There’s a sunk cost to being in the cloud, and you need a certain percentage of workloads migrated to get the value you actually seek
The ROI of cloud computing is confusing. We were talking opex versus capex years ago, and then noticed that there was agility and time-to-market advantages as well. As cloud value metrics evolve, I’ve noted another key value indictor: the commitment to cloud computing.
If you’re an enterprise that is going to cloud in fits and starts, you’re not likely to ind the value in cloud computing. Indeed, moving to cloud computing that way means that you’re only moving some workloads to a public cloud; others that could be moved won’t be moved. And I mean workloads that are a good fit for the cloud aren’t being moved; there are of course always workloads that don’t belong in the cloud.
Moving to the cloud means that you still have sunk costs, such as training, hiring cloud talent, dealing with security, and integration of cloud-based systems into the enterprise’s monitoring and management systems, as well as the remaining on-premises data and applications. Here’s an example:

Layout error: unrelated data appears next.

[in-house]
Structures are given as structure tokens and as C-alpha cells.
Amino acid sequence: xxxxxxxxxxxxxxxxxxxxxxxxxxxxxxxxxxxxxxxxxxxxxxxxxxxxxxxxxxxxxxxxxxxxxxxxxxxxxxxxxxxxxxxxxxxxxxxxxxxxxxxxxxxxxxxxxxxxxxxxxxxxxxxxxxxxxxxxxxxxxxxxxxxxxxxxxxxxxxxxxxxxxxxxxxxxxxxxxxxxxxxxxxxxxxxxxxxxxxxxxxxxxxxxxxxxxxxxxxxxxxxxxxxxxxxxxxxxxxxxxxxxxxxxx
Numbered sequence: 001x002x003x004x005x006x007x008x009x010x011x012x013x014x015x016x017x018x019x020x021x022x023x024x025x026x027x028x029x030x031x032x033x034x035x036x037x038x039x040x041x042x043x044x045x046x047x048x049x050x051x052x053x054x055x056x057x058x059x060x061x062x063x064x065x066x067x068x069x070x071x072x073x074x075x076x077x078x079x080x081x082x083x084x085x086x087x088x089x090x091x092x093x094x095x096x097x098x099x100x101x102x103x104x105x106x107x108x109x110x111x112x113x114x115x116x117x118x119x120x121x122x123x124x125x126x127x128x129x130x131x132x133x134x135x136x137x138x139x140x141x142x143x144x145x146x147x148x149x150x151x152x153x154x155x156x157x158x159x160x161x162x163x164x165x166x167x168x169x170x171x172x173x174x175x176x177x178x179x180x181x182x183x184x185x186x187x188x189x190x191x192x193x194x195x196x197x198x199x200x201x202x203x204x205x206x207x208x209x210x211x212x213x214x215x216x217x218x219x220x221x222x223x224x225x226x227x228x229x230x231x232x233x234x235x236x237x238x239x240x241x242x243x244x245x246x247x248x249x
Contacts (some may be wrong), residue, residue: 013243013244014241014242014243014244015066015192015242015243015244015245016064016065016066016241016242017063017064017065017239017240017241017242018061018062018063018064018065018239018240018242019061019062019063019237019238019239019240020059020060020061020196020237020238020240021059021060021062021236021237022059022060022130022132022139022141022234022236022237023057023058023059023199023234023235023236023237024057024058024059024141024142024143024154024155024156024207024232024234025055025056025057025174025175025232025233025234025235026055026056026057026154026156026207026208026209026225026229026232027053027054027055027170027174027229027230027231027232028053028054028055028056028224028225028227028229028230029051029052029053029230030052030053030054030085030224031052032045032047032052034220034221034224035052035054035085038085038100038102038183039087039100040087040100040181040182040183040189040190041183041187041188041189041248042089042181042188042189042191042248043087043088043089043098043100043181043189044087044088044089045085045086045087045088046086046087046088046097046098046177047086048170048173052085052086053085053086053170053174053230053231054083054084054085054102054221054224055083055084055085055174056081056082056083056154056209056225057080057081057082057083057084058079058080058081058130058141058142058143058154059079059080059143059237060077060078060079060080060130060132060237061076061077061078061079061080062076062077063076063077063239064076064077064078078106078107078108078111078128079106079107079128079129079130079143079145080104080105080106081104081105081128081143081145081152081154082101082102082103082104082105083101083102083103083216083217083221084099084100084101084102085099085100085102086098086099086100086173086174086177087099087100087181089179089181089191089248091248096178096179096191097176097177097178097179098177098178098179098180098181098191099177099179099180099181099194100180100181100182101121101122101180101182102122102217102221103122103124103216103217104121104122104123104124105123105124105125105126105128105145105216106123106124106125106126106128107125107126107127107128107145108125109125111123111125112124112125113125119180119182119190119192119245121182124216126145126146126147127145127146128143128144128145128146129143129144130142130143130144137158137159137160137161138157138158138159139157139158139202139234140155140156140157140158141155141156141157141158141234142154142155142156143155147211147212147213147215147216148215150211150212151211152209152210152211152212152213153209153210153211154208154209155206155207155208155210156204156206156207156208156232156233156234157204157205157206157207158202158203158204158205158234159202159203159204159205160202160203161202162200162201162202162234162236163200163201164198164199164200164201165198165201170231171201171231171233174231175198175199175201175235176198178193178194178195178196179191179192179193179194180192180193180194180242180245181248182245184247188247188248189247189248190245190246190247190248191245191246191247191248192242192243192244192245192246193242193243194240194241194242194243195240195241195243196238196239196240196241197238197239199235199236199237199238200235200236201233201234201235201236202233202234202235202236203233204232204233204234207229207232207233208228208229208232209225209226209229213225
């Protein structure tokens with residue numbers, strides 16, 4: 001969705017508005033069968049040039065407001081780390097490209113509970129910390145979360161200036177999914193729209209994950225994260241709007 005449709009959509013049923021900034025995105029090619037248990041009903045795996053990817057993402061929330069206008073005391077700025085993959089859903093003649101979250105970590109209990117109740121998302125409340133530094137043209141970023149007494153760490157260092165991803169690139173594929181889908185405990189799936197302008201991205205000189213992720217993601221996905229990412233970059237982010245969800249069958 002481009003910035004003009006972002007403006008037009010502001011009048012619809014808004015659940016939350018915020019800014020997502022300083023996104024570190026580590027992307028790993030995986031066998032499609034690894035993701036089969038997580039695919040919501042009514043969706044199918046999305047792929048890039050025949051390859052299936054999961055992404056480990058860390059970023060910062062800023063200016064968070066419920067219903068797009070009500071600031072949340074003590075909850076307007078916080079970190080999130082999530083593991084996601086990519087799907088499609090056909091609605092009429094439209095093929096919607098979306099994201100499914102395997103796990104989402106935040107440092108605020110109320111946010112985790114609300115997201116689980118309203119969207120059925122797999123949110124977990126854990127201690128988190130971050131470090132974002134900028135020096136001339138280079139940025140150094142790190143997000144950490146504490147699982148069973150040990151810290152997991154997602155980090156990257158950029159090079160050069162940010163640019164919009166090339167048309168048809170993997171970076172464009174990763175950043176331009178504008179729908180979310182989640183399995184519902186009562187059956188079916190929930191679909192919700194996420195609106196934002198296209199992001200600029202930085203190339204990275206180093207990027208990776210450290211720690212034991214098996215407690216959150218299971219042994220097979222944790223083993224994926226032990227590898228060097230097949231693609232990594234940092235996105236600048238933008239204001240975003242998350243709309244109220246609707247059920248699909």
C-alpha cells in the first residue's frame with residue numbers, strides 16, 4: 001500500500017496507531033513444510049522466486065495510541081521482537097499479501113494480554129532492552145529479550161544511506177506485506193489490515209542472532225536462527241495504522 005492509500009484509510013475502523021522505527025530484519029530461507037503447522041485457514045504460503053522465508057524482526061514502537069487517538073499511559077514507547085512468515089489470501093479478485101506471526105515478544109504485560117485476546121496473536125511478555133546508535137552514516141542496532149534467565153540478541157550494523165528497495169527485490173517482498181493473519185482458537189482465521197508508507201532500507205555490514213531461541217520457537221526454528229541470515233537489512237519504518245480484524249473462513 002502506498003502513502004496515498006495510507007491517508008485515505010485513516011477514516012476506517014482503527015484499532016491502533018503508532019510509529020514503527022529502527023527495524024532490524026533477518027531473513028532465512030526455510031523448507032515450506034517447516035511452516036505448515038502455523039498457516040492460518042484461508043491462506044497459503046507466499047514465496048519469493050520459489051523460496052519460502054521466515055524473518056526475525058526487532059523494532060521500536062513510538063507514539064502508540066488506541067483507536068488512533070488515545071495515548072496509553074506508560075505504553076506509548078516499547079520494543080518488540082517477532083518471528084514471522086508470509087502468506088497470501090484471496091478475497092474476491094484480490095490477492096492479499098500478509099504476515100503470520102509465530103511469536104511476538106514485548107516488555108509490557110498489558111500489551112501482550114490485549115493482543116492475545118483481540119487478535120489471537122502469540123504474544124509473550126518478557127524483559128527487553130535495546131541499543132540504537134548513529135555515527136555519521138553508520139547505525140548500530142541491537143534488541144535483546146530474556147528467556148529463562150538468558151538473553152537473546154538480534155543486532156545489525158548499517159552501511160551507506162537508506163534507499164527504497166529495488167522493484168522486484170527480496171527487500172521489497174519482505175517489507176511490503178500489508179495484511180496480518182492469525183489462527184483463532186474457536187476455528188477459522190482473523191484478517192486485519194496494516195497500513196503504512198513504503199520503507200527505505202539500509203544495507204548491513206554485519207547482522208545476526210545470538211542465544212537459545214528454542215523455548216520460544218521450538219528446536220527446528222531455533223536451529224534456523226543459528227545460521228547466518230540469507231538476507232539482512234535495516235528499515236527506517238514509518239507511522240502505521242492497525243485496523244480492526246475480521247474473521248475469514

Just being in the cloud costs about the same as for 500 workloads as it does for 2,000 workloads, for most enterprises. So migrating to the cloud only partially wastes money. For example, your buy-in-to-the-cloud costs (your sunk cost) can be $2 million dollars. But as the number of workloads migrated increases, there is only a small incremental growth in cloudops costs.
While your mileage may vary a lot, there is an unavoidable upfront investment. The more workloads you move, the more ROI you get from that investment.
Typically, there is a breakeven point between 400 and 800 workloads migrated for an enterprise that has 2,000 workloads that can be moved—that is, about 20 to 40 percent of your workloads.
So, leaving workloads on premises means that you’re not squeezing the most value from using cloud platforms. Indeed, there is a threshold before which limiting the workloads that move to cloud actually makes cloud computing a negative ROI for many enterprises. (Again, when considering the costs and benefits holistically.)
This does not mean that enterprises should deploy all their eligible workloads to the cloud at once. The migration is a journey. But the sooner you get the majority of applications and data on pubic clouds, the more value they will return to the business. And if you’re not on an actual journey but just playing at it in fits and starts, you certainly won’t get the cloud’s value.